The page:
Thursday, 15 August 2013

Counting the Hand 1

A clearer and more up-to-date version of this sequence of posts is now contained within aaBridge.  On the  aaBridge  Welcome Screen  click on

             How to  –  Defend like an Expert

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This and the following posts form a series on how to count the hand.

You can jump to the other posts by using the Menu on the right.

You have a count on the hand when you know the original distribution of the suits in the unseen hands, ideally including the placement of all the hidden honors.

The aim is to give advice on how to practice counting and so train yourself to do this very difficult task.  You will get none of the “all you have to do is to count up to 13” nonsense, here.
Learning to count and in particular, trying to practice counting, is very difficult.  You need to treat it as a piece of “high level home study”.  Think of it as an elective on a degree course.  Pick a time of day when you are not too tired or have only just woken up.  I suggest that at first you allow at least an hour and try to have a quiet space with just you and your computer.  Of course, in an ideal world you won’t have any distractions.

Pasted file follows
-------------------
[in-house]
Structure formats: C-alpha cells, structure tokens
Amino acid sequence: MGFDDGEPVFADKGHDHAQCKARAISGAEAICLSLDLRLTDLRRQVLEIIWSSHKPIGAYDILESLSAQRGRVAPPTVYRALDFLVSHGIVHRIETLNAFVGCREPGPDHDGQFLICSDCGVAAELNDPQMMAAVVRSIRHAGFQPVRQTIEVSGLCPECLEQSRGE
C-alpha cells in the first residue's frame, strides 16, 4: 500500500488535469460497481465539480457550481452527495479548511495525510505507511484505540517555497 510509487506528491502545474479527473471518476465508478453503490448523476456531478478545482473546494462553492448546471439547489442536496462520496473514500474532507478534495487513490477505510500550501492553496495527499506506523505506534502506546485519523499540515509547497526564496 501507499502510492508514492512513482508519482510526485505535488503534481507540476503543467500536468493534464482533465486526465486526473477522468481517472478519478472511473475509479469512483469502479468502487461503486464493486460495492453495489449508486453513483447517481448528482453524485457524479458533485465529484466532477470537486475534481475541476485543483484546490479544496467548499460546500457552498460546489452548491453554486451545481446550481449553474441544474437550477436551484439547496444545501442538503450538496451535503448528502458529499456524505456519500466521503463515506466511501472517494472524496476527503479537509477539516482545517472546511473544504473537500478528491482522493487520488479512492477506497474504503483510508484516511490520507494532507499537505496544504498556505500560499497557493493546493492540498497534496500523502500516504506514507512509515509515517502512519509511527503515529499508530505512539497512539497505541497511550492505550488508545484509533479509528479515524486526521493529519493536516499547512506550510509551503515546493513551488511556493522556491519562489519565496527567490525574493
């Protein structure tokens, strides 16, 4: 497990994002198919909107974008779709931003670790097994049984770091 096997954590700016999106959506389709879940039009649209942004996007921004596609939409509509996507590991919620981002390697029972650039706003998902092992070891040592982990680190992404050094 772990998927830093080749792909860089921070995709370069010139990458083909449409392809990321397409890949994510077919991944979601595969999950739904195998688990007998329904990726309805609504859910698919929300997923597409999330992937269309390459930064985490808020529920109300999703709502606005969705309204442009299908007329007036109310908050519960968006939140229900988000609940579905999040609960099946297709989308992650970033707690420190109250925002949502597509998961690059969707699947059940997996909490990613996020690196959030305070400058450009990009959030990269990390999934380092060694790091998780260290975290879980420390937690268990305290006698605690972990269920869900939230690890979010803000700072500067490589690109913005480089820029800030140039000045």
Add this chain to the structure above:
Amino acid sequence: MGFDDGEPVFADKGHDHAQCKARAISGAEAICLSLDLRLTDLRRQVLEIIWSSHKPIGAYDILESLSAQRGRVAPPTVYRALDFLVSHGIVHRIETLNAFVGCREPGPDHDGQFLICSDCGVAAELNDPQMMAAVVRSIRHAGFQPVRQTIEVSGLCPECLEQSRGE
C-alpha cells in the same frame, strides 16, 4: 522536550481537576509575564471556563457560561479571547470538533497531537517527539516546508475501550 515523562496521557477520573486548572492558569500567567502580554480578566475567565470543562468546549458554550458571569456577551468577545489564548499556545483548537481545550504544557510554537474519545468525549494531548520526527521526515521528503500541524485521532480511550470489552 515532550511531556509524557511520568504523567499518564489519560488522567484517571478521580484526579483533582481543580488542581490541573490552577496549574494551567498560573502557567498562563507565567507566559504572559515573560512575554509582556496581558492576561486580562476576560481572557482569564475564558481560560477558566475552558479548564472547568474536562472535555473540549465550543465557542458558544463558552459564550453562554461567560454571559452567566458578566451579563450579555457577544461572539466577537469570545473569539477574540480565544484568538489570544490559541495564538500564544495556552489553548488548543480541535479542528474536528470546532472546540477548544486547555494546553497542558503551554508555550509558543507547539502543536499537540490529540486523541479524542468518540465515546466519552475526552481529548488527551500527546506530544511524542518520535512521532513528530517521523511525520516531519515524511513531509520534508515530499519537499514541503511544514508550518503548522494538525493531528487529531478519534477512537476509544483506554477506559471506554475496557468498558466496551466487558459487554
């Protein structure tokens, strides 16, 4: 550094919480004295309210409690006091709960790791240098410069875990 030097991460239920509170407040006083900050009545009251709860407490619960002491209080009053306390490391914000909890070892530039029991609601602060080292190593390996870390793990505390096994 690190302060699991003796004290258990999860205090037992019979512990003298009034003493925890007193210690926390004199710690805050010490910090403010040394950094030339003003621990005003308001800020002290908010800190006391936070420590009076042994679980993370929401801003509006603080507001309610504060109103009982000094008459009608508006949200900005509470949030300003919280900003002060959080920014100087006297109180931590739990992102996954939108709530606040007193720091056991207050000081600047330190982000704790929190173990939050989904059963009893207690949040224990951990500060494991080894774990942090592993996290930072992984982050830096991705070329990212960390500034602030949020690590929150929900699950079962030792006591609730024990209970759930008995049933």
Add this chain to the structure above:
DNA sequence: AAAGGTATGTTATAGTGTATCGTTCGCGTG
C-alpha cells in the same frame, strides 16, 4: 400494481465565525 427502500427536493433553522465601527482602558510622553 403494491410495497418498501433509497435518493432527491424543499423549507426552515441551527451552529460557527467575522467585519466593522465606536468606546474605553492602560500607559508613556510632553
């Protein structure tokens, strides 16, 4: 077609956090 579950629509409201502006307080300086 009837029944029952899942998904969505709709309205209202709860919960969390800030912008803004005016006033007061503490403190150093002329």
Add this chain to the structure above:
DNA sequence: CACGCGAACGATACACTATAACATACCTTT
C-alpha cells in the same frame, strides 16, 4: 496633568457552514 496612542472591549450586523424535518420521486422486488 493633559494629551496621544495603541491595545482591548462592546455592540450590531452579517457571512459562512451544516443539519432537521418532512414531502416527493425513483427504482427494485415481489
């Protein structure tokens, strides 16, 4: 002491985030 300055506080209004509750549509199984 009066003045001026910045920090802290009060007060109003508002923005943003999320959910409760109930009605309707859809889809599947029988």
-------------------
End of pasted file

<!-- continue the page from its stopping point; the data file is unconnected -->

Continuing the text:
I am going to show, in detail, a fully web-based way of finding and stepping through hands played by world-class players where you be able to see only one hand and the dummy.  Hopefully being experts their bridge will be sound.

The BBO web-based, all online hand display app, is way better than nothing. However I think that aaBridge can do better as it can be a clearer and easier-to-use method of viewing the files. Using aaBridge also allows you to replay the hand exploring alternate lines.

I will also give two complete examples of slowly 'counting a hand' then with practice we can all get faster.

The next post covers how and where to find the hands of the experts.

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